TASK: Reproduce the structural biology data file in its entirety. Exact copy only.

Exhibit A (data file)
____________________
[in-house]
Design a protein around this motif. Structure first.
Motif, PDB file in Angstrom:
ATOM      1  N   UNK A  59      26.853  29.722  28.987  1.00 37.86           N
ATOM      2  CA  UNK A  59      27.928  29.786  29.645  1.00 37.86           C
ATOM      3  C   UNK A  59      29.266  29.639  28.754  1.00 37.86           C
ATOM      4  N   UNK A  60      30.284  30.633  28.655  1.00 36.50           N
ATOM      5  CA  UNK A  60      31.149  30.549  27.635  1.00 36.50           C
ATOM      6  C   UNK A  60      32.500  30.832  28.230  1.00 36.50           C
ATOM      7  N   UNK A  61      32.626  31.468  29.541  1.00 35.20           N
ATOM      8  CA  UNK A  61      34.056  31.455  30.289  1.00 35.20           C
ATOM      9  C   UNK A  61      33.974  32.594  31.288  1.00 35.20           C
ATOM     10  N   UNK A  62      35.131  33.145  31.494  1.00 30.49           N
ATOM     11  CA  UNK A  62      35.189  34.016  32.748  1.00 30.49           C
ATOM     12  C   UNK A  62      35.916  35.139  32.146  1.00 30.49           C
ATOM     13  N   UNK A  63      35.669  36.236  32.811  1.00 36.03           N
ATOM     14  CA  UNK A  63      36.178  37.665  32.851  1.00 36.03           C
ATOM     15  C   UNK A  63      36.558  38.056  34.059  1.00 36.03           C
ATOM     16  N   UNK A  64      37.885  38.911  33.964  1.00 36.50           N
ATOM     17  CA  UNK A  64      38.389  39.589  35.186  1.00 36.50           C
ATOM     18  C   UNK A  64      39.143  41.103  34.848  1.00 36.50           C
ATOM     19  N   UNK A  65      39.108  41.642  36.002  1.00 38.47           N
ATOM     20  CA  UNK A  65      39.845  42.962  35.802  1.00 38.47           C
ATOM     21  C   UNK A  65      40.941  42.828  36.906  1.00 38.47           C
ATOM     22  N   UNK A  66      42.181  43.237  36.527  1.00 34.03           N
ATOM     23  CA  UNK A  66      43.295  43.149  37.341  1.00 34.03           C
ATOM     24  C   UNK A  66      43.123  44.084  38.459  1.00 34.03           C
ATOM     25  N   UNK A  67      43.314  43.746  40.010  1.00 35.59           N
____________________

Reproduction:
[in-house]
Design a protein around this motif. Structure first.
Motif, PDB file in Angstrom:
ATOM      1  N   UNK A  59      26.853  29.722  28.987  1.00 37.86           N
ATOM      2  CA  UNK A  59      27.928  29.786  29.645  1.00 37.86           C
ATOM      3  C   UNK A  59      29.266  29.639  28.754  1.00 37.86           C
ATOM      4  N   UNK A  60      30.284  30.633  28.655  1.00 36.50           N
ATOM      5  CA  UNK A  60      31.149  30.549  27.635  1.00 36.50           C
ATOM      6  C   UNK A  60      32.500  30.832  28.230  1.00 36.50           C
ATOM      7  N   UNK A  61      32.626  31.468  29.541  1.00 35.20           N
ATOM      8  CA  UNK A  61      34.056  31.455  30.289  1.00 35.20           C
ATOM      9  C   UNK A  61      33.974  32.594  31.288  1.00 35.20           C
ATOM     10  N   UNK A  62      35.131  33.145  31.494  1.00 30.49           N
ATOM     11  CA  UNK A  62      35.189  34.016  32.748  1.00 30.49           C
ATOM     12  C   UNK A  62      35.916  35.139  32.146  1.00 30.49           C
ATOM     13  N   UNK A  63      35.669  36.236  32.811  1.00 36.03           N
ATOM     14  CA  UNK A  63      36.178  37.665  32.851  1.00 36.03           C
ATOM     15  C   UNK A  63      36.558  38.056  34.059  1.00 36.03           C
ATOM     16  N   UNK A  64      37.885  38.911  33.964  1.00 36.50           N
ATOM     17  CA  UNK A  64      38.389  39.589  35.186  1.00 36.50           C
ATOM     18  C   UNK A  64      39.143  41.103  34.848  1.00 36.50           C
ATOM     19  N   UNK A  65      39.108  41.642  36.002  1.00 38.47           N
ATOM     20  CA  UNK A  65      39.845  42.962  35.802  1.00 38.47           C
ATOM     21  C   UNK A  65      40.941  42.828  36.906  1.00 38.47           C
ATOM     22  N   UNK A  66      42.181  43.237  36.527  1.00 34.03           N
ATOM     23  CA  UNK A  66      43.295  43.149  37.341  1.00 34.03           C
ATOM     24  C   UNK A  66      43.123  44.084  38.459  1.00 34.03           C
ATOM     25  N   UNK A  67      43.314  43.746  40.010  1.00 35.59           N